Enhanced by citizen science data, the Environment Agency is using water quality monitoring activity to prioritise how and where to tackle phosphate pollution on the River Wye.
The Wye catchment is an iconic location and hugely important for biodiversity, principally due to the wide range of rare river wildlife.
Over 60 per cent of the phosphate load in the catchment is from diffuse agricultural pollution from livestock manure and nutrients washing into the river during heavy rain.
A range of partners through the Wye Nutrient Management Board, including the Environment Agency, Natural England and Natural Resources Wales, are working collaboratively to address concerns about phosphate levels in the catchment and drive forward nature recovery.
Based on the latest water quality monitoring report, which has been enhanced by new data obtained by an ongoing citizen science monitoring programme, the Environment Agency has made a series of recommendations on where actions are most needed and the locations across the catchment where those actions can have the most impact.
This includes a recommendation that partners take a catchment-based approach targeting five upstream areas of the river that have high phosphate levels relative to the wider catchment.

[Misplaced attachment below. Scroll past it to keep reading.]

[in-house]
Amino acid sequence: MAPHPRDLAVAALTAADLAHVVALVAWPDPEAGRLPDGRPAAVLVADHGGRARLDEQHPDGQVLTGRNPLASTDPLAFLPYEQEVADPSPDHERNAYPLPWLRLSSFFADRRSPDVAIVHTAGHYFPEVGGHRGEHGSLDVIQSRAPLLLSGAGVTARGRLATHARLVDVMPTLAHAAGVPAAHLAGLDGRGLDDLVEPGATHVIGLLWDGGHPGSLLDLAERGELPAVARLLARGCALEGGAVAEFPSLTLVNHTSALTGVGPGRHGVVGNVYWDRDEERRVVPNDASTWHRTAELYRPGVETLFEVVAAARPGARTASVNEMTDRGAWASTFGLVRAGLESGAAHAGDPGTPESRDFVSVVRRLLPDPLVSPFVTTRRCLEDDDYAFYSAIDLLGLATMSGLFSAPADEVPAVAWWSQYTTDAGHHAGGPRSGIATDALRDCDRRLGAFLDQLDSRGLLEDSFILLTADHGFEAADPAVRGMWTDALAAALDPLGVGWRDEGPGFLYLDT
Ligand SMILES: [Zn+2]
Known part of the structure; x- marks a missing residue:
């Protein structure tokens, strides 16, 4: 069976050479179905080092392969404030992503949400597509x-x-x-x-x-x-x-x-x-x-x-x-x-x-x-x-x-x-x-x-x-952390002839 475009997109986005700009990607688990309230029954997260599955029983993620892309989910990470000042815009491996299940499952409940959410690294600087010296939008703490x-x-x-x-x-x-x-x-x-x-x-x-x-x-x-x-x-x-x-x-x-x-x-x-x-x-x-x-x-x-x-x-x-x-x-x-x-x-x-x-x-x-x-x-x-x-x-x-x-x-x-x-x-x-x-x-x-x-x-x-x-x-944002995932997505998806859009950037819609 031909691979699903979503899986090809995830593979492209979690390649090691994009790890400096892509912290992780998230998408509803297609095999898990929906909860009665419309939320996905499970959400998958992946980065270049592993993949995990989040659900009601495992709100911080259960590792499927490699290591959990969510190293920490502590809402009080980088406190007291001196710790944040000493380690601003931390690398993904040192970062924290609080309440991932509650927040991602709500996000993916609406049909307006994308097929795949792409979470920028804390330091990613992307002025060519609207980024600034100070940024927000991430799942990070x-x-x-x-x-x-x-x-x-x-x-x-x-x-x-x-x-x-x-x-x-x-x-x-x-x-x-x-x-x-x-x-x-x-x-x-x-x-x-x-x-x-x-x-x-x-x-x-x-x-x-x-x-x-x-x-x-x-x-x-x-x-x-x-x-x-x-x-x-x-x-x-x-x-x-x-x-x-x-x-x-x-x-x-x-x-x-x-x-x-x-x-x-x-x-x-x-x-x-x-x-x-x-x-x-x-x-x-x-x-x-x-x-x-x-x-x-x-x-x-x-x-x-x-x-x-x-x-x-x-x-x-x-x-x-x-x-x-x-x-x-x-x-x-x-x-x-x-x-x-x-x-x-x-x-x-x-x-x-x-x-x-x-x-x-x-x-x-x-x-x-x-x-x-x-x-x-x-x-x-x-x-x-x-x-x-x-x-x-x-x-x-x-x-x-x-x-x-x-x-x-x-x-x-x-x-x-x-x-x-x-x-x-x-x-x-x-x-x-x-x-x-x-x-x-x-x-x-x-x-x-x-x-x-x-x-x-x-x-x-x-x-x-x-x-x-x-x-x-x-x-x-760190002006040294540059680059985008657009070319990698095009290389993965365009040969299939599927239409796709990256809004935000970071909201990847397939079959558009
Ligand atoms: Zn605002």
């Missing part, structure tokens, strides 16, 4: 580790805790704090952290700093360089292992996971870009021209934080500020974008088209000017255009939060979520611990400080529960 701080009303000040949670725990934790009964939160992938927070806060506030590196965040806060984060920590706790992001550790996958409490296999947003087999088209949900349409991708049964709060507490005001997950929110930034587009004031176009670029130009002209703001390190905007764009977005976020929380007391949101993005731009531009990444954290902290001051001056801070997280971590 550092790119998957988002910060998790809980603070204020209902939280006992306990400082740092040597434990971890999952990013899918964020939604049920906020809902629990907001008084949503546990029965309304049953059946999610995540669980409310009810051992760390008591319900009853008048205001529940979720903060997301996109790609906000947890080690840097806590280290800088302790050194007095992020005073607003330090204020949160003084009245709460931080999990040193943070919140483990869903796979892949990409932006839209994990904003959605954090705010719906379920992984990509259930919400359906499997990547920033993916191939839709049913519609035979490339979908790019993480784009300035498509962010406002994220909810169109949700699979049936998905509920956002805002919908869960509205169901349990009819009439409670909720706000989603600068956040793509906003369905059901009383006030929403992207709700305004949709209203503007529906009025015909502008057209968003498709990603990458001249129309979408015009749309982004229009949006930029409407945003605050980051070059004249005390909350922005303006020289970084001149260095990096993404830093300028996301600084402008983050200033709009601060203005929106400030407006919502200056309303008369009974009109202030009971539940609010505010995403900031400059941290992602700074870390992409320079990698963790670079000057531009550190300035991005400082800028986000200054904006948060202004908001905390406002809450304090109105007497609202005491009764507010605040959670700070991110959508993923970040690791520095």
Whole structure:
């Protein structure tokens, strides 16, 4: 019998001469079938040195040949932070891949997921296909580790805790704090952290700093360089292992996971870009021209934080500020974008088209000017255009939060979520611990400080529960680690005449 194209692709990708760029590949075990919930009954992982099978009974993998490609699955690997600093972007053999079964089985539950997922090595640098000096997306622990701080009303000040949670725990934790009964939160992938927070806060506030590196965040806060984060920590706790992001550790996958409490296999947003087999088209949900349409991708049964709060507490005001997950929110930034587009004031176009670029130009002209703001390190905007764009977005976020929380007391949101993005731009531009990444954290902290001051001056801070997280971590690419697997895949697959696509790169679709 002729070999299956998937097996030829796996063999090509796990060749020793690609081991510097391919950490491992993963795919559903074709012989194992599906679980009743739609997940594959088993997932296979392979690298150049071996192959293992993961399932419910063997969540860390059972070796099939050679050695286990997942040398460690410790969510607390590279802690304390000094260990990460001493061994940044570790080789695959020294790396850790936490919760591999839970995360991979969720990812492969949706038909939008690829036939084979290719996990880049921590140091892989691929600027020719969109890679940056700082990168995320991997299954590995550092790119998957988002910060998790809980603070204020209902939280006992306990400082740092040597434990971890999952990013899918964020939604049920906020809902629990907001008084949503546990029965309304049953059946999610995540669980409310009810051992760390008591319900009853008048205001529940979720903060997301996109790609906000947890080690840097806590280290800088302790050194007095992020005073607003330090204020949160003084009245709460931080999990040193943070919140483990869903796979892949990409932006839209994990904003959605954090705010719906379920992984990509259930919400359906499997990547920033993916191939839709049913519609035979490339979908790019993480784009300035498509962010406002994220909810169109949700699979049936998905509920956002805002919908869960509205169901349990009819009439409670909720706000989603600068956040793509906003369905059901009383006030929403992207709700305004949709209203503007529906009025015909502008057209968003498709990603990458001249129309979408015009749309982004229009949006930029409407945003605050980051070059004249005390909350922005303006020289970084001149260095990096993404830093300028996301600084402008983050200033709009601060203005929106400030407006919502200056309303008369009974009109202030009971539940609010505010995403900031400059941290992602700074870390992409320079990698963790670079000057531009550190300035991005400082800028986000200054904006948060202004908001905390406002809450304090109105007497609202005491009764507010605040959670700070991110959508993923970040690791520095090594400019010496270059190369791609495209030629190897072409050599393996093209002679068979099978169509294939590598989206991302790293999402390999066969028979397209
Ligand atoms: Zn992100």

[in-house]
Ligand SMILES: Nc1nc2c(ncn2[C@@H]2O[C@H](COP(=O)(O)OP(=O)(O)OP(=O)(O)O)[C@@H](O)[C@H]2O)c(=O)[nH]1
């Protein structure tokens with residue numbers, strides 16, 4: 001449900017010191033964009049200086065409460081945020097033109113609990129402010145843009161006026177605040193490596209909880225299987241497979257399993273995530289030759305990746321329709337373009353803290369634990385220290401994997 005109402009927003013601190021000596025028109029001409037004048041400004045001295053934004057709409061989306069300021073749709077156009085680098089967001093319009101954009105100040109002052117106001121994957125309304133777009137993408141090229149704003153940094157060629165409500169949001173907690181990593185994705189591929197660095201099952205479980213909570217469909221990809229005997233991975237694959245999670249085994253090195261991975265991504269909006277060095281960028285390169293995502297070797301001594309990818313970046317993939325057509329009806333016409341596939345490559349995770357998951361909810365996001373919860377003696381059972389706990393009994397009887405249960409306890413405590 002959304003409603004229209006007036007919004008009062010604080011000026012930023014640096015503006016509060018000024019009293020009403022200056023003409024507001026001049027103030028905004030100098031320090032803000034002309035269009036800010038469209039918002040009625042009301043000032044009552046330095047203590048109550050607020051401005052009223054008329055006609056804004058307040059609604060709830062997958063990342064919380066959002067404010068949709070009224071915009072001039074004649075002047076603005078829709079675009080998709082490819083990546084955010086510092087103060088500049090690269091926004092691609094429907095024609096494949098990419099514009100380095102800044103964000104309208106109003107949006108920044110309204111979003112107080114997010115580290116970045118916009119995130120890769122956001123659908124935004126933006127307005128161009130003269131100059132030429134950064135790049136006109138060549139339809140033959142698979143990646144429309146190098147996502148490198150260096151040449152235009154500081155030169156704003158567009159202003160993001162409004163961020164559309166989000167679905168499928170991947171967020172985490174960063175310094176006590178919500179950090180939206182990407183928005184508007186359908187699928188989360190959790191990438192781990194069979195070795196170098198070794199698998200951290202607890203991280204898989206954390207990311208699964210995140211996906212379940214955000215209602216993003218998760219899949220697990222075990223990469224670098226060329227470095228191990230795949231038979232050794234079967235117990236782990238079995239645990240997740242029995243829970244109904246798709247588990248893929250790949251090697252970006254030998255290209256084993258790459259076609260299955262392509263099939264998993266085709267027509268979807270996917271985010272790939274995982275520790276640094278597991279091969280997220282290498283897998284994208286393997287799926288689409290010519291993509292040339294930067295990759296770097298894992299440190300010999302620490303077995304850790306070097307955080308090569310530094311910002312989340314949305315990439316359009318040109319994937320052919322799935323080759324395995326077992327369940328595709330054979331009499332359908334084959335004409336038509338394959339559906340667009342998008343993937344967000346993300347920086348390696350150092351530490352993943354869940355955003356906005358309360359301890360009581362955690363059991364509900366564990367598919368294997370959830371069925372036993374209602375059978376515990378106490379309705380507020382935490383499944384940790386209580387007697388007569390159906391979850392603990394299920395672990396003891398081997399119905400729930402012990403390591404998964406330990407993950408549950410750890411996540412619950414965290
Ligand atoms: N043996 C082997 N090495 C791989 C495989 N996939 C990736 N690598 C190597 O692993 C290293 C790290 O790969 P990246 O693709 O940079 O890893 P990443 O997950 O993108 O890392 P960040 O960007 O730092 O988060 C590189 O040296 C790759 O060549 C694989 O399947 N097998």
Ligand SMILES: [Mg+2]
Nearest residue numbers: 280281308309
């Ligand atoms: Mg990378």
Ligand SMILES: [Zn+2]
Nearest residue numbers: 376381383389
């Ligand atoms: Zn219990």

Evidence also indicates that efforts to increase shade by tree planting and better management of riparian trees could help mitigate high temperatures.
The Environment Agency is developing an algal bloom early warning system to respond to excessive temperatures, with advice for anglers and river users.
The latest water quality monitoring report, along with analysis, activities and plans to improve water quality in the Wye and Lugg river catchments, can be found on the Environment Agency’s recently launched Wye Water Monitoring webpage.
Grace Wight, Area Environment Manager for the Environment Agency, said: “The inclusion of citizen science data in our latest monitoring report is a fantastic step in combining more data sources and is already helping identify where measures can be targeted to reduce the inputs of pollution to the river.
“The scale and complexity of the challenges in the catchment means solutions will take time and must be founded on a strong evidence base.
“Through our new website and ongoing engagement work, we will continue to update our partners and stakeholders so that we can work together to tackle pollution and ensure the future health of the river.”
The Environment Agency continues to scale up its monitoring operation to inform next steps on the Wye.
£100,000 has been secured for the Wye and Lugg catchments from a national fund that supports agricultural regulation.
The additional funds will supply monitoring equipment that will capture real-time, high-resolution data over the catchments.
The equipment comprises of 10 sondes and 6 auto-samplers that will be positioned across the rivers Wye, Lugg and Arrow.
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